In conclusion, the present procedure is applicable in cases of COVID-19-related death, particularly in cases of death without medical intervention and in the absence of an ascertained SARS-CoV-2 infection and/or COVID-19 diagnosis, therefore providing support and an approach for the diagnostic activity in the present COVID-19 pandemic.

Notes

Publisher’s note:

Springer Nature remains neutral with regard to jurisdictional claims in published maps and institutional affiliations.

Authors contribution

All the authors contributed equally to the conception and design of the study, acquisition of data, or analysis and interpretation of data, drafted and revised the article critically for important intellectual content, and approved the final version before its submission.

Funding information

Authors research was not supported and funded.

Compliance with ethical standards

Conflict of interest

Authors and corresponding author don’t have conflict of interests in writing and submitting for publication the manuscript.

Code availability

Not applicable.

References

1. 

    Weiss P, Murdoch DR. Clinical course and mortality risk of severe COVID-19. Lancet 2020. 395: , pp.1014-1015, doi: 10.1016/S0140-6736(20)30633-4

2. 

European Centre for Disease Prevention and Control. Case definition and European surveillance for COVID-19, as of 2 March 2020. www.ecdc.europa.eu/en/case-definition-and-european-surveillance-human-infection-novel coronavirus-2019-ncov. Accessed 1 April 2020.

3. 

Fineschi V, Aprile A, Aquila I, Arcangeli M, Asmundo A, Bacci M, et al. Management of the corpse with suspect, probable or confirmed COVID-19 respiratory infection – Italian interim recommendations for personnel potentially exposed to material from corpses, including body fluids, in morgue structures and during autopsy practice. Pathologica. 2020. 10.32074/1591-951X-13-20.

4. 

Centers for Disease Control and Prevention. Interim Guidance for Collection and Submission of Postmortem Specimens from Deceased Persons Under Investigation (PUI) for COVID-19, February 2020. https://www.cdc.gov/coronavirus/2019-ncov/hcp/guidance-postmortem-specimens.html#SpecimenCollection. Accessed 1 April 2020.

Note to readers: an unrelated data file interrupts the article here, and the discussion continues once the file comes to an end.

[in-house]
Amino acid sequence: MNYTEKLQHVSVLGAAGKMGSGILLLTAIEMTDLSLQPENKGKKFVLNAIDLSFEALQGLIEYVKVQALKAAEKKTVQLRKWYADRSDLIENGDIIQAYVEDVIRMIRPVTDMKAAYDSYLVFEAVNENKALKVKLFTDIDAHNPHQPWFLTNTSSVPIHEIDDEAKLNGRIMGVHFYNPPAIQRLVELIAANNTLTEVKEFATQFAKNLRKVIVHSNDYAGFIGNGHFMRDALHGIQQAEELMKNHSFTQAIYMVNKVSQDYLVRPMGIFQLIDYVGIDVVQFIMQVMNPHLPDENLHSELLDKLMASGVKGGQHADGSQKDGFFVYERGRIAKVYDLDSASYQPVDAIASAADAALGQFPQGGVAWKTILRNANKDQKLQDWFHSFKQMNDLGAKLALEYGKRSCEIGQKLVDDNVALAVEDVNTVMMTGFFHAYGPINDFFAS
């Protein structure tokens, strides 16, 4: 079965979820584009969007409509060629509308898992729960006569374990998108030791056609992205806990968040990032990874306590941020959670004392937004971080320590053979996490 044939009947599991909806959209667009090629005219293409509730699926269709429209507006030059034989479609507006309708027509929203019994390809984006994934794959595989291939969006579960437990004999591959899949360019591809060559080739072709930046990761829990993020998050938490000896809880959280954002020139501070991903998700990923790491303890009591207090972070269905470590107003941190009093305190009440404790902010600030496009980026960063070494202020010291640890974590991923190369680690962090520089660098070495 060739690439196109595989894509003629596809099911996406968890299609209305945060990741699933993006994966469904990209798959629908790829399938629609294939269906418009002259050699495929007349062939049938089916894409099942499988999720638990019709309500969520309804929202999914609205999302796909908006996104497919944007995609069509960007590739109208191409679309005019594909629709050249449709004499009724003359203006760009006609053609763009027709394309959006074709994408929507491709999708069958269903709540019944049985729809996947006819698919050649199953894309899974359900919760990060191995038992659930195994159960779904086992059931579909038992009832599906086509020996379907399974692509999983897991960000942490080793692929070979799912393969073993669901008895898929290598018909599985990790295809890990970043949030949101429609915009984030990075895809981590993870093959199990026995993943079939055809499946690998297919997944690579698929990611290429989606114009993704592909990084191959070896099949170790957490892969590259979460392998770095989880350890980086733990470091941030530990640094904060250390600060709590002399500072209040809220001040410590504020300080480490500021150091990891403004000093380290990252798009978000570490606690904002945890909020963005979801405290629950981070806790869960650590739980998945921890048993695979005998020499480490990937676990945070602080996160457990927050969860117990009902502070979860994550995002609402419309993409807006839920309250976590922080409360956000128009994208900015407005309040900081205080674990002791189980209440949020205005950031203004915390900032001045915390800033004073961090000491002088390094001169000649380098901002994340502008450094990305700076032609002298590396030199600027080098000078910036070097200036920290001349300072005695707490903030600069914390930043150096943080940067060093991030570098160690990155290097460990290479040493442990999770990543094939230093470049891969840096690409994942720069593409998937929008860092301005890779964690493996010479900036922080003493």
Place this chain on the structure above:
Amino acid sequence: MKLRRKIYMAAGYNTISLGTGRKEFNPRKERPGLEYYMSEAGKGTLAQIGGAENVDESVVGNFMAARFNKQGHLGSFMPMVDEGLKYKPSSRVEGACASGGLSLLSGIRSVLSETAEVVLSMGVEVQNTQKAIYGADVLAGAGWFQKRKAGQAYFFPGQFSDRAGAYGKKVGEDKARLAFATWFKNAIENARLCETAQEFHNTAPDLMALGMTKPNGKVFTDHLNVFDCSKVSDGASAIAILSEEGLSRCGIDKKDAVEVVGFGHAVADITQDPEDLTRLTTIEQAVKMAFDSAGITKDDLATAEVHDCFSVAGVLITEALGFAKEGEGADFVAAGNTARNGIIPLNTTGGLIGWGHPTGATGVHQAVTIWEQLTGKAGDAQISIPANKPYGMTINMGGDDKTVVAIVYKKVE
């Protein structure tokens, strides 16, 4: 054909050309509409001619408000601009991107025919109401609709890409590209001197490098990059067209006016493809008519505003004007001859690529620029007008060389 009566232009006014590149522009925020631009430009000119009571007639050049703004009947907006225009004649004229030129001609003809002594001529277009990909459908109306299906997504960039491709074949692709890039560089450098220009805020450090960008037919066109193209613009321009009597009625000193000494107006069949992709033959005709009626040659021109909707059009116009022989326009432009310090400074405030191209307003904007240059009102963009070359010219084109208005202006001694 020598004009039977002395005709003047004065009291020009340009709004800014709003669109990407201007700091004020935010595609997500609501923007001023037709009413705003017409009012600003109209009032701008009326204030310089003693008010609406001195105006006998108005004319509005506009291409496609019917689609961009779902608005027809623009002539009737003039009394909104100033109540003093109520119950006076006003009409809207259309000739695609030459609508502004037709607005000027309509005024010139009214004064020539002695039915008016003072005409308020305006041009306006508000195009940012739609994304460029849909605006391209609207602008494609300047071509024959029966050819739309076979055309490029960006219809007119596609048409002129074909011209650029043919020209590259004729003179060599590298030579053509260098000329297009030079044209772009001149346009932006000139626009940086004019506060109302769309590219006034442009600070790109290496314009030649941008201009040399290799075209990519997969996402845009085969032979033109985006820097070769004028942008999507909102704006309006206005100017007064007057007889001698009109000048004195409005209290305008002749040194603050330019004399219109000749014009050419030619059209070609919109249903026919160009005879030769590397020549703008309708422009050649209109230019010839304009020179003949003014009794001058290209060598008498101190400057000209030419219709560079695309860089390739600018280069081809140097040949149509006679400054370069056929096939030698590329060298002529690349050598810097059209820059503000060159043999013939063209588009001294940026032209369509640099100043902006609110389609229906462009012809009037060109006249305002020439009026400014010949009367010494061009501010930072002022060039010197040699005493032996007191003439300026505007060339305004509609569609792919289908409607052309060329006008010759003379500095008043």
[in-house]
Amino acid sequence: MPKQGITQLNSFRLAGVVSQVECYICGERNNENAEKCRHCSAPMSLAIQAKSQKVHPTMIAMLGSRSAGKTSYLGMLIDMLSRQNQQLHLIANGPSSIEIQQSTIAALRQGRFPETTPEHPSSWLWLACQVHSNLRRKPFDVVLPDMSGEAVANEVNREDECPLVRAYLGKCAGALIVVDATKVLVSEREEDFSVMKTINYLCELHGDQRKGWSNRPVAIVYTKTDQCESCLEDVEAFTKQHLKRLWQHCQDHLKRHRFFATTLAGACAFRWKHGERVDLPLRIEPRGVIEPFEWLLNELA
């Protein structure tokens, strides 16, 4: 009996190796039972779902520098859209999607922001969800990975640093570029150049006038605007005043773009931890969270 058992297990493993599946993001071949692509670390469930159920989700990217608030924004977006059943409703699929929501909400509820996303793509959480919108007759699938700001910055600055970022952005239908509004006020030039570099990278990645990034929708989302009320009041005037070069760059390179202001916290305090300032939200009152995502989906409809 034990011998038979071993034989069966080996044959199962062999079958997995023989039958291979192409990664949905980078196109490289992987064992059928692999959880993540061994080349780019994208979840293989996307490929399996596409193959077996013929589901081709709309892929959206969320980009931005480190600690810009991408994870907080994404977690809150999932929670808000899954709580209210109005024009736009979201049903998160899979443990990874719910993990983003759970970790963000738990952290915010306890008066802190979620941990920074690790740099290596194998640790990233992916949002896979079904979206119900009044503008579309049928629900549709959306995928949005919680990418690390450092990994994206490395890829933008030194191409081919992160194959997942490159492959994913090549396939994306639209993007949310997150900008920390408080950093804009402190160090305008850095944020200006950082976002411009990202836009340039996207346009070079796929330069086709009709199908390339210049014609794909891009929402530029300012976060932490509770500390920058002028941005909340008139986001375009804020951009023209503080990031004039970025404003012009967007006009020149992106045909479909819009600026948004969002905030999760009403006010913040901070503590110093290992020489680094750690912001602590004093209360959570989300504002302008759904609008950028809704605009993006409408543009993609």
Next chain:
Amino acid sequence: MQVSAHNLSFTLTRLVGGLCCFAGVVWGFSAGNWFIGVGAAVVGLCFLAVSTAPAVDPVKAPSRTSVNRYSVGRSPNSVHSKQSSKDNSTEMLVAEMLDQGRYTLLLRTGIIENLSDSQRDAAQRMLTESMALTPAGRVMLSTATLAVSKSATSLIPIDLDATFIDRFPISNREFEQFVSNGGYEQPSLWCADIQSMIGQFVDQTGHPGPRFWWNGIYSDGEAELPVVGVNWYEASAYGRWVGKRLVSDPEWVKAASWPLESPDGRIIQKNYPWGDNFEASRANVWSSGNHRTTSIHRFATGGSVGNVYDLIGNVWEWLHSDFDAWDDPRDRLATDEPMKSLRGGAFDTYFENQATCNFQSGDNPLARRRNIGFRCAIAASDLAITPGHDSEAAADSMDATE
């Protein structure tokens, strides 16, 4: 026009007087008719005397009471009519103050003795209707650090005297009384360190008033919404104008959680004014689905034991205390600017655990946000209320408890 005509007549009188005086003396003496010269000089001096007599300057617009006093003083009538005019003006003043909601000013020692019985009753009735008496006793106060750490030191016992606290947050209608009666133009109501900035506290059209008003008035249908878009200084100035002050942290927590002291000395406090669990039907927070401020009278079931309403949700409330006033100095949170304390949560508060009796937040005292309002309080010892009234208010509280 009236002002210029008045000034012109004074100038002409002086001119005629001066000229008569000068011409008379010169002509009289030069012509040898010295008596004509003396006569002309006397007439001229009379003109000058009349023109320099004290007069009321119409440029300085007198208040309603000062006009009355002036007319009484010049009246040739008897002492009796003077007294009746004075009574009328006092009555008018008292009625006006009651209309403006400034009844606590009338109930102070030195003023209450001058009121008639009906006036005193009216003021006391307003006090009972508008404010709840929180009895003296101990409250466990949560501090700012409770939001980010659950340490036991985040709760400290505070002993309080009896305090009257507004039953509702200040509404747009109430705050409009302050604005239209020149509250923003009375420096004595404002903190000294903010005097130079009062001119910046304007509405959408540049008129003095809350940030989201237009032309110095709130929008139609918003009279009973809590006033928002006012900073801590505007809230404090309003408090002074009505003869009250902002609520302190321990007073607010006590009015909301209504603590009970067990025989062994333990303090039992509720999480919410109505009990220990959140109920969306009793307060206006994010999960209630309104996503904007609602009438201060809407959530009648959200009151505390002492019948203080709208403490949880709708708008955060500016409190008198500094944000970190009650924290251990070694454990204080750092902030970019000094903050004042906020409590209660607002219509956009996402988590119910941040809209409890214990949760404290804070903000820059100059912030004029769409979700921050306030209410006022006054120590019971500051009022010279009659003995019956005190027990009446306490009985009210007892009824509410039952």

5. 

World Health Organization. Laboratory testing for coronavirus disease 2019 (COVID-19) in suspected human cases. 2020. https://www.who.int/publications-detail/laboratory-testing-for-2019-novel-coronavirus-in-suspected-human-cases-20200117. Accessed 1 April 2020.

6. 

    Corman VM, Landt O, Kaiser M, Molenkamp R, Meijer A, Chu DKW, . Detection of 2019 novel coronavirus (2019-nCoV) by real-time RT-PCR. Eurosurveillance 2020. 25: , pp.23, doi: 10.2807/1560-7917.ES.2020.25.3.2000045

7. 

    Pomara C, Karch SB, Fineschi VPomara C, Karch SB, Fineschi V. The autopsy. Forensic autopsy - a handbook and atlas 2010. Boca Raton CRC Press

8. 

    Xu Z, Shi L, Wang Y, Zhang J, Huang L, Zhang C, . Pathological findings of COVID-19 associated with acute respiratory distress syndrome. Lancet Respir Med 2020. 8: , pp.420-422, doi: 10.1016/S2213-2600(20)30076-X

9. 

Luo W, Yu H, Gou J, Li X, Sun Y, Li J, et al. Clinical pathology of critical patient with novel coronavirus pneumonia (COVID-19). Preprints; 2020:2020020407.

10. 

    Lucas SBurton JL, Rutty G. Autopsies on people with high-risk infections. The hospital autopsy: a manual of fundamental autopsy practice 2010. 3London Hodder Arnold

11. 

The Royal College of Pathologists. Briefing on COVID-19. Autopsy practice relating to possible cases of COVID-19 (2019-nCov, novel coronavirus from China 2019/2020). https://www.rcpath.org/uploads/assets/d5e28baf-5789-4b0f-acecfe370eee6223/fe8fa85a-f004-4a0c-81ee4b2b9cd12cbf/Briefing-on-COVID-19-autopsy-Feb-2020.pdf. Accessed 1 April 2020.

https://www.researchpad.co/tools/openurl?pubtype=article&doi=10.1007/s12024-020-00258-9&title=A technical report from the Italian SARS-CoV-2 outbreak. Postmortem sampling and autopsy investigation in cases of suspected or probable COVID-19&author=Alessandro Santurro,Matteo Scopetti,Stefano D’Errico,Vittorio Fineschi,&keyword=SARS-CoV-2,COVID-19,Virological diagnosis,Autopsy investigation,Postmortem diagnosis,&subject=Technical Report,